The military is terminating its platinum mining deal with a Chinese firm to pave the way for new investors after over a decade of unfruitful engagement.
The development comes after Global Platinum (GPR) which was established in 2004 by the army and Chinese firm, Wanbao Rexco, has failed to mine a single ounce of the white metal from 520 million ounce platinum
resources rich mine along the Great Dyke area.
GPR technical manager Retired Brigadier General Livingstone Chineka told Business Times that the government is officially terminating the deal to
pave way for other investors.
“We are fed up with Wanbao Rexco since they came here in 2004 employing their own people and exploiting the country’s platinum resources for absolutely nothing, we can’t accept that.
“We knew that there was nowhere we were going with that deal but Covid-19 has made them accept that the deal is no longer in 2020 as world economies continue to crash due to the effects of the epidemic. The position is that Wanbao is no longer part of GPR and we expect the new investors to come on board when the lockdown restrictions come to an end,” Chineka said.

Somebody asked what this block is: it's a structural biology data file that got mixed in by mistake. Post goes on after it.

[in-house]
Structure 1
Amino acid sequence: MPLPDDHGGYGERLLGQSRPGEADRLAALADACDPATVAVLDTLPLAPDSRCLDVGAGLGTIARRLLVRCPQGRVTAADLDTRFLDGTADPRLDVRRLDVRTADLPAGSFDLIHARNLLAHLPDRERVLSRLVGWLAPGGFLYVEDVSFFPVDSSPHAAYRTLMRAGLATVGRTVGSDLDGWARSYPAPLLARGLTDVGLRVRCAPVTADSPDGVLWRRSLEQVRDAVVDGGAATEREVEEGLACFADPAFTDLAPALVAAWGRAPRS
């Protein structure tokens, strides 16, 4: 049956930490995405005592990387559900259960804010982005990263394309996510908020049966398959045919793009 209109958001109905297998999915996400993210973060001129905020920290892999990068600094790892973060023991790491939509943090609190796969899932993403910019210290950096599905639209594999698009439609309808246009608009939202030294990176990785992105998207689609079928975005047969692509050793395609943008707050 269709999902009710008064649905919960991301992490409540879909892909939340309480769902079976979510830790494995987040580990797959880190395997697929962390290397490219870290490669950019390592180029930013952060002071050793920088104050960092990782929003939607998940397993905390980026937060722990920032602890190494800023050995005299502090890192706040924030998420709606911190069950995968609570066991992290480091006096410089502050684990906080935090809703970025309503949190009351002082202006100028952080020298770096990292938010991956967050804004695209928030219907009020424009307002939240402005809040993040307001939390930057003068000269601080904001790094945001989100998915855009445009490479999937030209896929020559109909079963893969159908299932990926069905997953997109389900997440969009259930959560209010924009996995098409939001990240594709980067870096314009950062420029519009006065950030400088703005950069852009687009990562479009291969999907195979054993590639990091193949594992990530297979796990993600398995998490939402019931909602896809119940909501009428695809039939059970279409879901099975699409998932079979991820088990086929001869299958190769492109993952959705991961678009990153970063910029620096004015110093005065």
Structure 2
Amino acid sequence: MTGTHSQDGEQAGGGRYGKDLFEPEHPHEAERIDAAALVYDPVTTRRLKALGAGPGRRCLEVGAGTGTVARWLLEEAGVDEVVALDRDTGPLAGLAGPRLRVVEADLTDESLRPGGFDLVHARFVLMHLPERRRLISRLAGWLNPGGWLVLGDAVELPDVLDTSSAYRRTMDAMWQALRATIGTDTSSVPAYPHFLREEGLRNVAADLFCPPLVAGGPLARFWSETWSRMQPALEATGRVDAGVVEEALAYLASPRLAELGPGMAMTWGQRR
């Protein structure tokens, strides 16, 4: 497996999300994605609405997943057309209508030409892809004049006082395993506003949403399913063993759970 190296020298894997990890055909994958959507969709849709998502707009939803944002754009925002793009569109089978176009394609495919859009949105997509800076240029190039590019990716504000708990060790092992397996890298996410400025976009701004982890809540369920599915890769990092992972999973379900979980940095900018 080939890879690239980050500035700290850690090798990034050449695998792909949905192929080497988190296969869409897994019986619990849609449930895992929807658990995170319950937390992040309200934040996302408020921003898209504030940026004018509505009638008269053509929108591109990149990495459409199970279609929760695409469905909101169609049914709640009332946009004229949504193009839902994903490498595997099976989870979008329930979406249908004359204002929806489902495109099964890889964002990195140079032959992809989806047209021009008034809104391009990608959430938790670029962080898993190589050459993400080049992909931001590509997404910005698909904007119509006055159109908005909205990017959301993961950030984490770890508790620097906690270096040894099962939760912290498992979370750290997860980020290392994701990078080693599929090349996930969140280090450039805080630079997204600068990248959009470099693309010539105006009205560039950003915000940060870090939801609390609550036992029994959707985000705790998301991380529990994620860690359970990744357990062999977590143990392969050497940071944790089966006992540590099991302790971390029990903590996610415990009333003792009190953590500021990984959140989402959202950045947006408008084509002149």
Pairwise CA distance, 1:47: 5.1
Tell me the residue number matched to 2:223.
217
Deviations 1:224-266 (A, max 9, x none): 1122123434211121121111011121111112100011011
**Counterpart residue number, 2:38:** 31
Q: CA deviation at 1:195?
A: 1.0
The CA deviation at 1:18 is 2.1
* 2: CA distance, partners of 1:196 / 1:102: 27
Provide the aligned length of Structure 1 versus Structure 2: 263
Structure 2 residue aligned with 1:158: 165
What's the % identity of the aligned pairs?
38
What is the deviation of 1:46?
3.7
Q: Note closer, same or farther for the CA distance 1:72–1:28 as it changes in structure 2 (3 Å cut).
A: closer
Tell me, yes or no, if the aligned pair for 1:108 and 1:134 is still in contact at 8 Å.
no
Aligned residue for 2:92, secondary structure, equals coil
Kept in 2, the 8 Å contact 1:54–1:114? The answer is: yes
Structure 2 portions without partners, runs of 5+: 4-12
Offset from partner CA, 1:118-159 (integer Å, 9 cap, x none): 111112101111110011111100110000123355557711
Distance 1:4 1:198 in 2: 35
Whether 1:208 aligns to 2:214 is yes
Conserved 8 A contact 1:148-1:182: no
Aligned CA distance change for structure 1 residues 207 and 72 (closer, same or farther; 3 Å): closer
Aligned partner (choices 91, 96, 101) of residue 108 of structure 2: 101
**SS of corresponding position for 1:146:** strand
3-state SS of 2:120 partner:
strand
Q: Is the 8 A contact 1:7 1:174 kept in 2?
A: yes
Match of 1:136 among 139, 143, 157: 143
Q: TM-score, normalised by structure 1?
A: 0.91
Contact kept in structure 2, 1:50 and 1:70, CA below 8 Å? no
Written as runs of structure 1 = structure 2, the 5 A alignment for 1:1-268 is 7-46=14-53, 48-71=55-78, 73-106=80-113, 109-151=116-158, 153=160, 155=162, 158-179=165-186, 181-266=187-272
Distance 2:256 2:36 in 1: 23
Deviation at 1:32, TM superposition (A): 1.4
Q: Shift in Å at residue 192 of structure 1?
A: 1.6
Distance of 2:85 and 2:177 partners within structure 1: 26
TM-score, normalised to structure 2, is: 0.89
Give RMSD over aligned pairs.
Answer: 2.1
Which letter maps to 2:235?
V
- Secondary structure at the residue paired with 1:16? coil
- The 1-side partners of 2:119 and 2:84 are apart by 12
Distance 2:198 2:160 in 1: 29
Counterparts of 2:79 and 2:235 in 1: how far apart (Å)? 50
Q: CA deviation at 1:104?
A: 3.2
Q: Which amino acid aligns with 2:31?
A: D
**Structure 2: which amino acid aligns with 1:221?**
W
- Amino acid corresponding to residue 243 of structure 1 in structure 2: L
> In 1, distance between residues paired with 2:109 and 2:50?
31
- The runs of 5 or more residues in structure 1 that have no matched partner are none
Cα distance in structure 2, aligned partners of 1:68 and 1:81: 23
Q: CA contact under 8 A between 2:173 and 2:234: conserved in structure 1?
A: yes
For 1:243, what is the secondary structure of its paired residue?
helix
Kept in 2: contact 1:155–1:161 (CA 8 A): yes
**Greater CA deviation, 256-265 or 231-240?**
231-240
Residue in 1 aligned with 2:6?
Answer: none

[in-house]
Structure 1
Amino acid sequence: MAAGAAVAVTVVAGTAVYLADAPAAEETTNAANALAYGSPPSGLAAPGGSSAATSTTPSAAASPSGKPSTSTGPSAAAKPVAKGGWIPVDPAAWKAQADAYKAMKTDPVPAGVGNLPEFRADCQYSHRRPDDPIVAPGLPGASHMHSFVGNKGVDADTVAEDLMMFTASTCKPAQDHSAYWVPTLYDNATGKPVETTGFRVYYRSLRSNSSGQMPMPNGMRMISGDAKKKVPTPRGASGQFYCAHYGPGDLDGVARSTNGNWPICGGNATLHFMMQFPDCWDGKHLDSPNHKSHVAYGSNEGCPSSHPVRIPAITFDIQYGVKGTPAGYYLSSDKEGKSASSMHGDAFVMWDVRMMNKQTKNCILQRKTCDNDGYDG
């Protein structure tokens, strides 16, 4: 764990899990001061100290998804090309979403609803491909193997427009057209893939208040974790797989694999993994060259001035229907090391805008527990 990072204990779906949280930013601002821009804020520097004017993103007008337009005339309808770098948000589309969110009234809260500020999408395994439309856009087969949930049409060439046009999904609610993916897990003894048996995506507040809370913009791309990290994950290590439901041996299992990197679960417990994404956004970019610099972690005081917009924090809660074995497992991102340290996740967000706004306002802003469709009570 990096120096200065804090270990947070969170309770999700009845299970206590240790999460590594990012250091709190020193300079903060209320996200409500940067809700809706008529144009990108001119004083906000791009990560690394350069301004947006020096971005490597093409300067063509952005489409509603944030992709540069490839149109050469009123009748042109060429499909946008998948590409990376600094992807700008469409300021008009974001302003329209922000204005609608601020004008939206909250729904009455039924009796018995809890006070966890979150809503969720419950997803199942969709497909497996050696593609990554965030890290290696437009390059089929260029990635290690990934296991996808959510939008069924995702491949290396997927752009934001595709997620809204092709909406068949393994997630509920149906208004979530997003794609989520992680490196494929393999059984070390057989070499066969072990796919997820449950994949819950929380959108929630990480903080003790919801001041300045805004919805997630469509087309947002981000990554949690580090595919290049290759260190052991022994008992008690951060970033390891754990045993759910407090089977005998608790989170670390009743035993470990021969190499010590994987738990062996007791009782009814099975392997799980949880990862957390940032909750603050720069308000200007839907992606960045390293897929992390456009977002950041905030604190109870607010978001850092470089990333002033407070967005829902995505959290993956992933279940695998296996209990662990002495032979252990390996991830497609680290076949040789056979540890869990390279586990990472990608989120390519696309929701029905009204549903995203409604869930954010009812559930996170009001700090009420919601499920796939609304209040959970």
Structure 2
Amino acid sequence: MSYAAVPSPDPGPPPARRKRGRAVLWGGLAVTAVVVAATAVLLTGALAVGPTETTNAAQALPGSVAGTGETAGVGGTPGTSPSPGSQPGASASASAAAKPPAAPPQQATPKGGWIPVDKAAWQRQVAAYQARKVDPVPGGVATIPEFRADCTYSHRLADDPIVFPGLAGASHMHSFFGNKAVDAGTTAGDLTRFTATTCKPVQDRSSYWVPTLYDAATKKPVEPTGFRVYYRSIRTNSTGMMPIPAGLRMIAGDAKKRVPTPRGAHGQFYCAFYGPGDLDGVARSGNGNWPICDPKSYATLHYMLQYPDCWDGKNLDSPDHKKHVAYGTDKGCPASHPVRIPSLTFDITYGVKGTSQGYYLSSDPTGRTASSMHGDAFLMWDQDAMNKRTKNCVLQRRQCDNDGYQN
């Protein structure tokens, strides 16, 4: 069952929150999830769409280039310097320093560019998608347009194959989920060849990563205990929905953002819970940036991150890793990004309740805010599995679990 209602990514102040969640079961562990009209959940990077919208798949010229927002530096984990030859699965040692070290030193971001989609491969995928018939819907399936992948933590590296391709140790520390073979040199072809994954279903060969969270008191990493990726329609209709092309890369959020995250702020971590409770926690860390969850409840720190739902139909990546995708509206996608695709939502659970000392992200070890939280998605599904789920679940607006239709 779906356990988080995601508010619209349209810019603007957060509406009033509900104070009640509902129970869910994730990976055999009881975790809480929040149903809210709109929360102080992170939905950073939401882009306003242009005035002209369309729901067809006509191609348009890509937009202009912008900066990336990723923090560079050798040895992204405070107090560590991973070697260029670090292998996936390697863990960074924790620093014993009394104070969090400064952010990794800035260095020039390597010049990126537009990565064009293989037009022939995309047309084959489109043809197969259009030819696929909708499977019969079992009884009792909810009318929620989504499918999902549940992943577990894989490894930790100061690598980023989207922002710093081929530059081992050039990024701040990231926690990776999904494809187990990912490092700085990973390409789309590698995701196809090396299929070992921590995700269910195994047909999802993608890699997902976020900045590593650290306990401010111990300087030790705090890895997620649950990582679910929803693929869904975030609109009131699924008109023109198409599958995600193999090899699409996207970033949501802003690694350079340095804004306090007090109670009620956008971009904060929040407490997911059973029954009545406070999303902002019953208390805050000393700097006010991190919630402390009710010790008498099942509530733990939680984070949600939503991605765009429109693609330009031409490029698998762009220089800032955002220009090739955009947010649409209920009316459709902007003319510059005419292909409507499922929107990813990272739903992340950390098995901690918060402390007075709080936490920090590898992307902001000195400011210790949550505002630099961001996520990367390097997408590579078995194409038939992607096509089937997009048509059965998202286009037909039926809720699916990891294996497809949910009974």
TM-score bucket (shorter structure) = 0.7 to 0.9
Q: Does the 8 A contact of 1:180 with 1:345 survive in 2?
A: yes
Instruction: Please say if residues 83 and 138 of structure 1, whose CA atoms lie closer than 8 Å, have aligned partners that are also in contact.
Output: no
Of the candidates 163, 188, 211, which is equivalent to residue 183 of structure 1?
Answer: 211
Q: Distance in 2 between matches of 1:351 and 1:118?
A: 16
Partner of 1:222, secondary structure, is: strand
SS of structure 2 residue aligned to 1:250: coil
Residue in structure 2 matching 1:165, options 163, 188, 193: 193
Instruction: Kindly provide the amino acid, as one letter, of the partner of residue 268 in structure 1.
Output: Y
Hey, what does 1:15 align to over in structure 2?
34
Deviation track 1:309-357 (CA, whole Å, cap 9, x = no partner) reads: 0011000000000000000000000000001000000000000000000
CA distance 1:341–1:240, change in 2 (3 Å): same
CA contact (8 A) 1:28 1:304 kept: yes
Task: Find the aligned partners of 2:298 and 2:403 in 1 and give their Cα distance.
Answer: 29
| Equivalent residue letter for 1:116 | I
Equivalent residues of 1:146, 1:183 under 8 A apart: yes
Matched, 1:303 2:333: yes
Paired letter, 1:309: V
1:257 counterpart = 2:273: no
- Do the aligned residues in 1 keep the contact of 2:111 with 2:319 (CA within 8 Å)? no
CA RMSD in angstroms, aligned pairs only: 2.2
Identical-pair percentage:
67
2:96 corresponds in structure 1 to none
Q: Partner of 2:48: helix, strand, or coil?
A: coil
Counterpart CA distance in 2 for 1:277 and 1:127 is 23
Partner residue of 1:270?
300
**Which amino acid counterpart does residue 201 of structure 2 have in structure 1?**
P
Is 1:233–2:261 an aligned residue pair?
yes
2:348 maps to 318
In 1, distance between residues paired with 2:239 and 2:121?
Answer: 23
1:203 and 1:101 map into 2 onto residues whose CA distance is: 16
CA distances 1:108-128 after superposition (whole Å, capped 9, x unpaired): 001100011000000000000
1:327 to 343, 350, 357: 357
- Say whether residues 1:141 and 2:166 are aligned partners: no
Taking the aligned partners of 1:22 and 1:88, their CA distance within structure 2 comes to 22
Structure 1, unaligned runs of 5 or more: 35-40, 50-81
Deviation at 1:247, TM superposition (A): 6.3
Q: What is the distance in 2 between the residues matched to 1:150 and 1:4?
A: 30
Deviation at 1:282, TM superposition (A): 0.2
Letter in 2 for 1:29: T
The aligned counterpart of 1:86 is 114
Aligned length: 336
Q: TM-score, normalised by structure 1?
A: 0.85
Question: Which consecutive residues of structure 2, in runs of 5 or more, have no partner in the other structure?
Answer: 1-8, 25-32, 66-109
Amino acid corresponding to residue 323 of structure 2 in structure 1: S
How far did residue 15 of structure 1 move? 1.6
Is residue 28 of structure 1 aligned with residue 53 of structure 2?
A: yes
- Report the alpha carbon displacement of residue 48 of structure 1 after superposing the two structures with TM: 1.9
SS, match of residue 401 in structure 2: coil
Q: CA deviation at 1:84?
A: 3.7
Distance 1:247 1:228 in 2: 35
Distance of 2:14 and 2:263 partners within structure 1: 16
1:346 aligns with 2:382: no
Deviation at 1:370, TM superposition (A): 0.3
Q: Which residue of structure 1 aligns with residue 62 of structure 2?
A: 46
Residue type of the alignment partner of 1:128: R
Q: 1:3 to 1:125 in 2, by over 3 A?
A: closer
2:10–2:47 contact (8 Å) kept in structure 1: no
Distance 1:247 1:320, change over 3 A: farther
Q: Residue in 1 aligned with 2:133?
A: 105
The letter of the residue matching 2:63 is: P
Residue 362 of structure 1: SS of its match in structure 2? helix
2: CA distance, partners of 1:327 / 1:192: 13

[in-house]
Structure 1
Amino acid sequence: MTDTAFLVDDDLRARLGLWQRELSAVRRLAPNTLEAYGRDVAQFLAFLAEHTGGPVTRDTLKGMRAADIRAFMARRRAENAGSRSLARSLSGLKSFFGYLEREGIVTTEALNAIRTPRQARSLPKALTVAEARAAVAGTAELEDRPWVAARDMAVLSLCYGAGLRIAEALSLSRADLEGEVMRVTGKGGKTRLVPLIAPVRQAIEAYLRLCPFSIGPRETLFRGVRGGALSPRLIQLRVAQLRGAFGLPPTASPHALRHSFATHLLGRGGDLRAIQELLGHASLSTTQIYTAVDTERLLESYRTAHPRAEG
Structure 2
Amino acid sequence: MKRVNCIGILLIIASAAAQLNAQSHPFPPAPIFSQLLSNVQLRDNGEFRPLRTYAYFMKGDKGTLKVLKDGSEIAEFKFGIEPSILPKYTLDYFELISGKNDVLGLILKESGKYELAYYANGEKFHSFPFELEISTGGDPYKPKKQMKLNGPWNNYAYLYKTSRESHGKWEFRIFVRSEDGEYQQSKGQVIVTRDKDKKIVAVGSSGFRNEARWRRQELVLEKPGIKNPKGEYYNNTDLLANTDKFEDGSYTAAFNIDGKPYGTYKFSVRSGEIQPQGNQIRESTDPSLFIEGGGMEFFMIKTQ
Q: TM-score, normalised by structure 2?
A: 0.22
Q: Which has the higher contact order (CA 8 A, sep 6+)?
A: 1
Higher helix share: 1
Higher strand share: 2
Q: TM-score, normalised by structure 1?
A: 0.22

The army-Chinese marriage has been rocky amid claims the foreign investor was allegedly fleecing off the locals. The dispute centres on allegations that the company only employed Chinese explorers to carry out pre-feasibility and feasibility studies at inflated prices. Wanbao has spent over US$80m in exploration and feasibility studies.
A recent audit also stoked suspicions after US$20m was unaccounted for.
The Chinese company which was spending US$1m for maintenance
has finally dumped the project due to viability challenges.
Chinese feasibility studies were said to cost more than what the local
studies cost as the Asians wanted to take more money from the deal.
In January this year, the army and Chinese investors met VicePresident Chiwenga to plot the way forward for the platinum miner.
The parties agreed to work together but the situation did not take time
as Covid-19 intensified in March and everything stopped.
GPR is said to have untapped platinum claims of 86,7km2 which
is a way bigger than those of Ngezi, Mimosa and Unki mines combined.
Chineka said they were convinced that the argument about the project is not based on the economic viability of the project but completely driven by financial difficulties on the part of the Chinese partners.
He argued that the root of all their problems with their Chinese
counterparts was the failure by Wanbao to respect and honour
the local people as all personnel, materials came from China without
any benefit to the local people.
He also said petty things like exercise books, tissues and all stationery came all from the Far East yet there are a lot of local companies and skilled workers who can do the job.
When contacted for comment Wanbao officials could not pick their mobile phones.
Zimbabwe holds one of the world’s largest known platinum deposits and has been pushing mining firms operating in the country to build refineries to stop the export of raw platinum ore to earn more foreign currency.